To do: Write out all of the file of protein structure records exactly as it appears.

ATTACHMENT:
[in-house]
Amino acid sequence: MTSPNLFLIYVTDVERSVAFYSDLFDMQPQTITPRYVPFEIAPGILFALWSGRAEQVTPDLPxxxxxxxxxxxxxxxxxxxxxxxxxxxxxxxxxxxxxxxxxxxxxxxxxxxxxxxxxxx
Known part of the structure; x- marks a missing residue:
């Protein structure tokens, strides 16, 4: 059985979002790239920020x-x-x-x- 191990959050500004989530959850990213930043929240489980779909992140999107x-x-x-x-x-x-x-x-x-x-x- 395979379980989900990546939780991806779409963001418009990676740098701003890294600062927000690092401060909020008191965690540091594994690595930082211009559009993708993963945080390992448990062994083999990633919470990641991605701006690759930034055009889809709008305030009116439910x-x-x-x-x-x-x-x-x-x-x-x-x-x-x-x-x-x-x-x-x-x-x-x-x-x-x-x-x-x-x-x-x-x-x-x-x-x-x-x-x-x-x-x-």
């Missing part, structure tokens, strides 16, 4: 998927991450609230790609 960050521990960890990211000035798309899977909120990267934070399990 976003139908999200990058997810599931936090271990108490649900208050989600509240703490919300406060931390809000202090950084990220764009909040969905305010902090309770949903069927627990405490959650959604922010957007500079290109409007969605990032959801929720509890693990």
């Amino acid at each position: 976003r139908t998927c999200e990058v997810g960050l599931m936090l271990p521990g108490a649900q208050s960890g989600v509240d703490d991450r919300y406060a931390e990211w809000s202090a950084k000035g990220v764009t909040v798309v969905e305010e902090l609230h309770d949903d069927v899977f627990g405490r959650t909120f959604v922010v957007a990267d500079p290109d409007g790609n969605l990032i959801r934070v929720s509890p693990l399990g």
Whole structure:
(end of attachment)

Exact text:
[in-house]
Amino acid sequence: MTSPNLFLIYVTDVERSVAFYSDLFDMQPQTITPRYVPFEIAPGILFALWSGRAEQVTPDLPxxxxxxxxxxxxxxxxxxxxxxxxxxxxxxxxxxxxxxxxxxxxxxxxxxxxxxxxxxx
Known part of the structure; x- marks a missing residue:
């Protein structure tokens, strides 16, 4: 059985979002790239920020x-x-x-x- 191990959050500004989530959850990213930043929240489980779909992140999107x-x-x-x-x-x-x-x-x-x-x- 395979379980989900990546939780991806779409963001418009990676740098701003890294600062927000690092401060909020008191965690540091594994690595930082211009559009993708993963945080390992448990062994083999990633919470990641991605701006690759930034055009889809709008305030009116439910x-x-x-x-x-x-x-x-x-x-x-x-x-x-x-x-x-x-x-x-x-x-x-x-x-x-x-x-x-x-x-x-x-x-x-x-x-x-x-x-x-x-x-x-």
């Missing part, structure tokens, strides 16, 4: 998927991450609230790609 960050521990960890990211000035798309899977909120990267934070399990 976003139908999200990058997810599931936090271990108490649900208050989600509240703490919300406060931390809000202090950084990220764009909040969905305010902090309770949903069927627990405490959650959604922010957007500079290109409007969605990032959801929720509890693990």
């Amino acid at each position: 976003r139908t998927c999200e990058v997810g960050l599931m936090l271990p521990g108490a649900q208050s960890g989600v509240d703490d991450r919300y406060a931390e990211w809000s202090a950084k000035g990220v764009t909040v798309v969905e305010e902090l609230h309770d949903d069927v899977f627990g405490r959650t909120f959604v922010v957007a990267d500079p290109d409007g790609n969605l990032i959801r934070v929720s509890p693990l399990g």
Whole structure: